Long live the Kane
“Big Daddy Kane in the house,” soul diva Sharon Jones called out from the stage at a Dap-Kings performance at the Cat’s Cradle back on May 11, 2010. The father of Brooklyn swagger and current Raleigh resident was just another face in the sold-out crowd that night, watching the woman who once sang uncredited on a record of his long ago, and Saturday night at Ziggy’s, Kane was once again in the house, a face in the crowd, but this time it was just after he climbed into it in the middle of “Set It Off,” hugged a few ladies, slapped a few fives and took the stage again without missing a beat. Unlike a lot of the rappers for whom he helped survey, grade and pave the way, the legendary emcee isn’t the richest — though he can dress as fly as any — but even at 43, his mic skills are razor sharp.
Kane’s not nearly the oldest emcee in hip-hop — that honor might go to Ice-T — but the crowd itself was a throwback to the earliest days of the art form. Kane got back a massive round of applause when he asked those over 40 to make themselves known and only a slightly less enthusiastic chorus when he went as high as 45. There was a scholarly ambiance among the hundreds of hip-hop heads which, paired with its maturity, might serve to explain why they mostly looked stone bored while trite trap-rap openers Yung Ron and Kayo Bracey took turn their turns amidst a near endless salvo of hype men working the room. There’s an unspoken bar that unproven openers for rap icons should aspire to cross, and feeble posturing misses pathetically.
Those who came to hear “real hip hop,” as it is often misrepresented, would soon be appeased. BDK stepped instantly into the rapid-fire “Nuff Respect” shortly after midnight to open what would be a regrettably brief set, but Kane’s curatorial acumen is not without motive. His flow is so effortless and dynamic that one had to be quick on their ears to fully appreciate cuts like “Wrath of Kane,” “Smooth Operator” and his verse from “The Symphony.” He still packed a lot into his short, but sweet 30 minutes on stage. He revealed that he was set to tour with Heavy D before the Overweight Lover’s untimely passing in November, then went on to pay tribute to him and rapper Big L via his verse from “Platinum Plus.”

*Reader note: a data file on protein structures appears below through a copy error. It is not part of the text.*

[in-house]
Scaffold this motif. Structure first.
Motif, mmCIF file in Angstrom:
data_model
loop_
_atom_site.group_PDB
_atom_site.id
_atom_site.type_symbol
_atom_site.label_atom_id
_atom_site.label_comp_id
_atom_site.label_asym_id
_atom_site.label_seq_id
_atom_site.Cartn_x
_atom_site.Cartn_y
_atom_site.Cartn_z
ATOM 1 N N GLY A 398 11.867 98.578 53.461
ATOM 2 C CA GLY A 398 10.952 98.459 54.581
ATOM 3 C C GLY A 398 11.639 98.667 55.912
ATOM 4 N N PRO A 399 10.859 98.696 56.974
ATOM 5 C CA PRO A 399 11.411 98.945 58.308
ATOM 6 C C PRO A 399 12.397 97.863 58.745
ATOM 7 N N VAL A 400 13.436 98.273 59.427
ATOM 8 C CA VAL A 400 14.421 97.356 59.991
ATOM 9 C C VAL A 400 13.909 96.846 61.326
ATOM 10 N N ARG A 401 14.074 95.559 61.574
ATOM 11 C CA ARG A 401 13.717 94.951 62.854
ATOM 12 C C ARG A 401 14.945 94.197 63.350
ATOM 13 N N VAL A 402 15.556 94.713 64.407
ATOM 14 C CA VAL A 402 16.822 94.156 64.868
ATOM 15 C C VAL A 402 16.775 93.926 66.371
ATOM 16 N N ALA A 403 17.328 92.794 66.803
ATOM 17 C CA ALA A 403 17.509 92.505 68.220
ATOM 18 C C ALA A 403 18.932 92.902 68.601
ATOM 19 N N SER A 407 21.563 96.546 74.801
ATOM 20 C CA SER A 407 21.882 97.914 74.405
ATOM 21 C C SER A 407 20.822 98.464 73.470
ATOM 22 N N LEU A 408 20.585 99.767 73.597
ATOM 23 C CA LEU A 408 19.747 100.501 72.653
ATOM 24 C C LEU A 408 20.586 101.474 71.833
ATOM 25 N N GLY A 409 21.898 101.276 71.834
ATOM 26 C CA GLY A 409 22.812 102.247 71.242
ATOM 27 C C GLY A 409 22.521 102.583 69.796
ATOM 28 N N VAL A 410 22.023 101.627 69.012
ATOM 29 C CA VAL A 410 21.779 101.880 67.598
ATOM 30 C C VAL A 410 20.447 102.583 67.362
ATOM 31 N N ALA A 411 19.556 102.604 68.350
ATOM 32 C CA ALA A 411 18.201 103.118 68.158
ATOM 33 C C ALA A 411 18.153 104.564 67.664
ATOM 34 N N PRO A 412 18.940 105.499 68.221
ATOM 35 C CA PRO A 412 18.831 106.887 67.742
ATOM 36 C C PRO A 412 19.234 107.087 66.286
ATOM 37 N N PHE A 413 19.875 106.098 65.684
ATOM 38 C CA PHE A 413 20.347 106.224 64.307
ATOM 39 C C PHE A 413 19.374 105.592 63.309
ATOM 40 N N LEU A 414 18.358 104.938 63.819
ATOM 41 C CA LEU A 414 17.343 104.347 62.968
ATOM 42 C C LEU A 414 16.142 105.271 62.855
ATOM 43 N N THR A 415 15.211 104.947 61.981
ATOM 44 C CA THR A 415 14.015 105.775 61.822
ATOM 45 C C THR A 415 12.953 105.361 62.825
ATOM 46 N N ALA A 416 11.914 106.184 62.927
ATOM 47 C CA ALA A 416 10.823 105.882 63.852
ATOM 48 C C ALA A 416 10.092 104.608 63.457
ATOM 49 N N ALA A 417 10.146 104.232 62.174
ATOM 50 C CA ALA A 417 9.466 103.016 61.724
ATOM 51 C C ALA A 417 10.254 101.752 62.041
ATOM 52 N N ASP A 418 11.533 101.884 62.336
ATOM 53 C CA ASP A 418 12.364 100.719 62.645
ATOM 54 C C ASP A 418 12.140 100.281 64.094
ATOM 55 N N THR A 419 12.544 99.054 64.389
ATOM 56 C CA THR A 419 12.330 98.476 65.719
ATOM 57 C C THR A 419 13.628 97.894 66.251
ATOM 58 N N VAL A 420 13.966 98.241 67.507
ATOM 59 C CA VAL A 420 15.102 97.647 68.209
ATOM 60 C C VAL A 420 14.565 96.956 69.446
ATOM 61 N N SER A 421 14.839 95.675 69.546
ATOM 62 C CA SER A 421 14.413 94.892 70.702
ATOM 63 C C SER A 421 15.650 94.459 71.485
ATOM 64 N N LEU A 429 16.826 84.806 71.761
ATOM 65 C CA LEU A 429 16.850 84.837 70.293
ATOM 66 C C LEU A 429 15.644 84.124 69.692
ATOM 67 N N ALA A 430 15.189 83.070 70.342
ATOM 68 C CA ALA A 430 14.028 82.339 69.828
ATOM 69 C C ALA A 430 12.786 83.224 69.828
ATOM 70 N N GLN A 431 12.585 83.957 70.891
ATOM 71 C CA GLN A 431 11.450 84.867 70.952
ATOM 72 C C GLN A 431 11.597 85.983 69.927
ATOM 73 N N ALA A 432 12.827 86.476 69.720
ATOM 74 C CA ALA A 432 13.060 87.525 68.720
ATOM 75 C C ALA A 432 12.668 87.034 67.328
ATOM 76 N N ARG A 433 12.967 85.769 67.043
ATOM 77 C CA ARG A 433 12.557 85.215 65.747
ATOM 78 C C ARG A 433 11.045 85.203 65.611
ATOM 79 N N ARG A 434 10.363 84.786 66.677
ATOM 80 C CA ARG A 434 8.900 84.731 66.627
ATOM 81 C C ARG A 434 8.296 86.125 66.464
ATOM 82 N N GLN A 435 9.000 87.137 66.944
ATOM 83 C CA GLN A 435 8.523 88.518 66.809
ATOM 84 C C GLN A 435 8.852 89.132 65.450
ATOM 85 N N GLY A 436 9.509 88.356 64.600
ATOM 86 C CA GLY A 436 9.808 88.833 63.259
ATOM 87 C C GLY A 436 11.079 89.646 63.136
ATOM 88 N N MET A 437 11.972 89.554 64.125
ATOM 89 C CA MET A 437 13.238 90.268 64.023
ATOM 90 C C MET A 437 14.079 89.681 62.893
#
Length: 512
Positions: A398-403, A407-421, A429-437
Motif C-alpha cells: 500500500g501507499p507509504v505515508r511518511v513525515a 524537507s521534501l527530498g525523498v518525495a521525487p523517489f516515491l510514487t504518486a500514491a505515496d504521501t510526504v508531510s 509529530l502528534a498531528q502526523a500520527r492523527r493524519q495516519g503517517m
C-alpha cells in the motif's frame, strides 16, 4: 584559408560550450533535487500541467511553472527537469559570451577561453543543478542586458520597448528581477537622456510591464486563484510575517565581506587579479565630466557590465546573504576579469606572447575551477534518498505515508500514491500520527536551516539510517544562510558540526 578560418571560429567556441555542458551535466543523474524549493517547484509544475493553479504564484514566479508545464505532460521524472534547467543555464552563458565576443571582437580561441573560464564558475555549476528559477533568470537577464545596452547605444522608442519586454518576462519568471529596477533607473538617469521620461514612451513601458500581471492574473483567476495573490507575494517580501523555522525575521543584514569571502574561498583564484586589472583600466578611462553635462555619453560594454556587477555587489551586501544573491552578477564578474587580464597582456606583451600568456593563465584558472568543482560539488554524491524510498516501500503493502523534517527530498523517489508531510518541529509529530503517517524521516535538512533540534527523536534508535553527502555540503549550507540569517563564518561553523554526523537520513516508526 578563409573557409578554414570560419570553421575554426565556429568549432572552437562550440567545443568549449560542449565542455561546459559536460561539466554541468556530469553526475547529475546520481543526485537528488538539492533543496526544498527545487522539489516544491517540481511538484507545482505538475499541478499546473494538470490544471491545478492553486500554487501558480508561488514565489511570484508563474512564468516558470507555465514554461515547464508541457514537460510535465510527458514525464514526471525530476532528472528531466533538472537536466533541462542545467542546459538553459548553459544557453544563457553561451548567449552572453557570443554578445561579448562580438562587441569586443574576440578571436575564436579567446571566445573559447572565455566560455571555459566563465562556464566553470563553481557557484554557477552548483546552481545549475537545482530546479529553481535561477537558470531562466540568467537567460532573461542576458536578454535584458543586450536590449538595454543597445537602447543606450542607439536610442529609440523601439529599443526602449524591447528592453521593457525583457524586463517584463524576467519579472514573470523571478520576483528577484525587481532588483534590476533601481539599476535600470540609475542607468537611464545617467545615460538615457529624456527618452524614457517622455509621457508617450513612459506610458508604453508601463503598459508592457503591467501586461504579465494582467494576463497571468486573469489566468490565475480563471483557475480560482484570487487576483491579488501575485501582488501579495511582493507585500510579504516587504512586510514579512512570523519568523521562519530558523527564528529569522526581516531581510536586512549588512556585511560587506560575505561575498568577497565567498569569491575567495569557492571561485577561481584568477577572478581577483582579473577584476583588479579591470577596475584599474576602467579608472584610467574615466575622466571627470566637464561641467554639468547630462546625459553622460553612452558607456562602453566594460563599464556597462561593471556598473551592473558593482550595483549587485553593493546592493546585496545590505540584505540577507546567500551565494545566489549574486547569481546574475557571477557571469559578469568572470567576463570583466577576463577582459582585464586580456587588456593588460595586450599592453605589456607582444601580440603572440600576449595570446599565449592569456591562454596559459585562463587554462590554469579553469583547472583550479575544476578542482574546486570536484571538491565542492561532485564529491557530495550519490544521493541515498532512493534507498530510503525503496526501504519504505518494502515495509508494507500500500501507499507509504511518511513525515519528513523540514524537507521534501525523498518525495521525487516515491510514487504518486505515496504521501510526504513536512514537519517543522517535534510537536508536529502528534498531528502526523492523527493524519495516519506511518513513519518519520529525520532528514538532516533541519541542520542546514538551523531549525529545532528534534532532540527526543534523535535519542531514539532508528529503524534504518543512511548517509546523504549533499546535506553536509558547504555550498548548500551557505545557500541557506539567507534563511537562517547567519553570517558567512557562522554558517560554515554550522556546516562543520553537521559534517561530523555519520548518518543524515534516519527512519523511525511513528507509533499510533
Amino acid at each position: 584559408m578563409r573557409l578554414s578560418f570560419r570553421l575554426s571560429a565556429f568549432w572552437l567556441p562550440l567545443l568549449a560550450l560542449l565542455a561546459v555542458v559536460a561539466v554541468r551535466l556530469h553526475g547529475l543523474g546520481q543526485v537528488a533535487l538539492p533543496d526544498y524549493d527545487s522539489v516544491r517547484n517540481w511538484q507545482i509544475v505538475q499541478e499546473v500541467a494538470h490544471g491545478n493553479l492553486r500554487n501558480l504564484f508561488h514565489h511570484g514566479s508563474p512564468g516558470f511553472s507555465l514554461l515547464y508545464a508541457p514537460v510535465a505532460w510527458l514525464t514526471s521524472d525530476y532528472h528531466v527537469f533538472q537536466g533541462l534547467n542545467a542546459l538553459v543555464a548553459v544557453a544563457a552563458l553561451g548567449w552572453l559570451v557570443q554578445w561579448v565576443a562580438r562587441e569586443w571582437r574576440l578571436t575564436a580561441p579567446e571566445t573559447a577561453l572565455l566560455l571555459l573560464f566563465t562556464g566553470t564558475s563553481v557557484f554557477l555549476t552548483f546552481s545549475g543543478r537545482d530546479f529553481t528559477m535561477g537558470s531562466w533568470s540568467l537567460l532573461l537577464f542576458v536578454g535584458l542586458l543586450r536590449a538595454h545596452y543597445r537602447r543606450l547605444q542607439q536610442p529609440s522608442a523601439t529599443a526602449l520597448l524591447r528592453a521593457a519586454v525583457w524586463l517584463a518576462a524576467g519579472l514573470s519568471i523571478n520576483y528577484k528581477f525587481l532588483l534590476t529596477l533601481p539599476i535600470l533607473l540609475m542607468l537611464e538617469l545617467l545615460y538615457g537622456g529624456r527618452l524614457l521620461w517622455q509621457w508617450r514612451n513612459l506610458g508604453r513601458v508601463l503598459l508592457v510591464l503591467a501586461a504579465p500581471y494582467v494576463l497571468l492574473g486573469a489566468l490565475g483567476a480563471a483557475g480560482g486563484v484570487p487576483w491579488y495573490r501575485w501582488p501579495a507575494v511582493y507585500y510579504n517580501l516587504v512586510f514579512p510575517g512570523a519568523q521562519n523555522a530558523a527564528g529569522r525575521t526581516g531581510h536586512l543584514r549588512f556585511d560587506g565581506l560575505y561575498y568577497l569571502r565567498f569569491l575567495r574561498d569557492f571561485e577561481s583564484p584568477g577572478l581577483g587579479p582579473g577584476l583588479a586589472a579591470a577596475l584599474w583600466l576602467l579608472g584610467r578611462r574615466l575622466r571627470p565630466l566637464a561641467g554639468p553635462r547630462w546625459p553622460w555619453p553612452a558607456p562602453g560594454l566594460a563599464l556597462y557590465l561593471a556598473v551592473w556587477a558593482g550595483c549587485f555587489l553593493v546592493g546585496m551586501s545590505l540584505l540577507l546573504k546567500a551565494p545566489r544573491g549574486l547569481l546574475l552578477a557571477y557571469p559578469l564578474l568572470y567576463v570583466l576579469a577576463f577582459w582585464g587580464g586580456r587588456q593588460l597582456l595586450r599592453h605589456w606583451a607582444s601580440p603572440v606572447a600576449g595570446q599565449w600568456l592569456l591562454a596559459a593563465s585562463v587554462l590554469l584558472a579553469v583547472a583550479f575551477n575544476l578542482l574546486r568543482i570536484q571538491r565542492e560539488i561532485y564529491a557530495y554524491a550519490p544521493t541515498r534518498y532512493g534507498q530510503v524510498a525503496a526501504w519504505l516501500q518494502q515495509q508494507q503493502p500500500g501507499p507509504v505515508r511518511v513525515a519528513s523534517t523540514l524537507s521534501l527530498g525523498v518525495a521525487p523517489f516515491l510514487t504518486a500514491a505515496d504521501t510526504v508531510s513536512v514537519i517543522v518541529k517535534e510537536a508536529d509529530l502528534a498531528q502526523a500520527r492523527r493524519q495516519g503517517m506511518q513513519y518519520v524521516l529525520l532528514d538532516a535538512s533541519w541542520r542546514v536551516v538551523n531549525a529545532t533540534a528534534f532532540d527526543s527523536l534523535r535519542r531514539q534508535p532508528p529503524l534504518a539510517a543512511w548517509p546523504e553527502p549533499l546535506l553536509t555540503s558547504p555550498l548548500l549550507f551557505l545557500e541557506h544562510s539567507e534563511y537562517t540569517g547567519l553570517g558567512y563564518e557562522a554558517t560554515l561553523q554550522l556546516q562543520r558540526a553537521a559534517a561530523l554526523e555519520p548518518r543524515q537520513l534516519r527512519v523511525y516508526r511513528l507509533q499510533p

The set was light on B-sides and deep cuts, instead focusing on the most recognizable material, but digging into Kane’s material shows how not all of his lyrics have received the same kind treatment by age. Issues he explored on songs like “Another Victory” feel anachronistic (“They can’t understand to see a black man/ drivin’ a car that costs 25 grand”) or simply uncouth in 2012. “Pimpin’ Ain’t Easy” was noteworthy as an early example of homophobia in hip hop, though rendered ironic when his longtime DJ Mister Cee was unceremoniously outed earlier this summer.
The biggest hits, of course, got the most enthusiastic reaction. Excitable ladies up front groped Kane as he delivered “Raw” with the vitality of a man who once supposedly brought the ruckus to Madonna and Naomi Campbell at the same time. Kane capped his brief stint with classics “Ain’t No Half Steppin’” and “Warm It Up, Kane” in what might have been his most ballsy move of all: He exited at the show’s peak. No encore, no salvos; he just said good night and walked off. There’s a lot to take away from that for a young rapper. Come hard while you can, bow out before you’ve worn out your welcome and, most importantly, don’t half-step.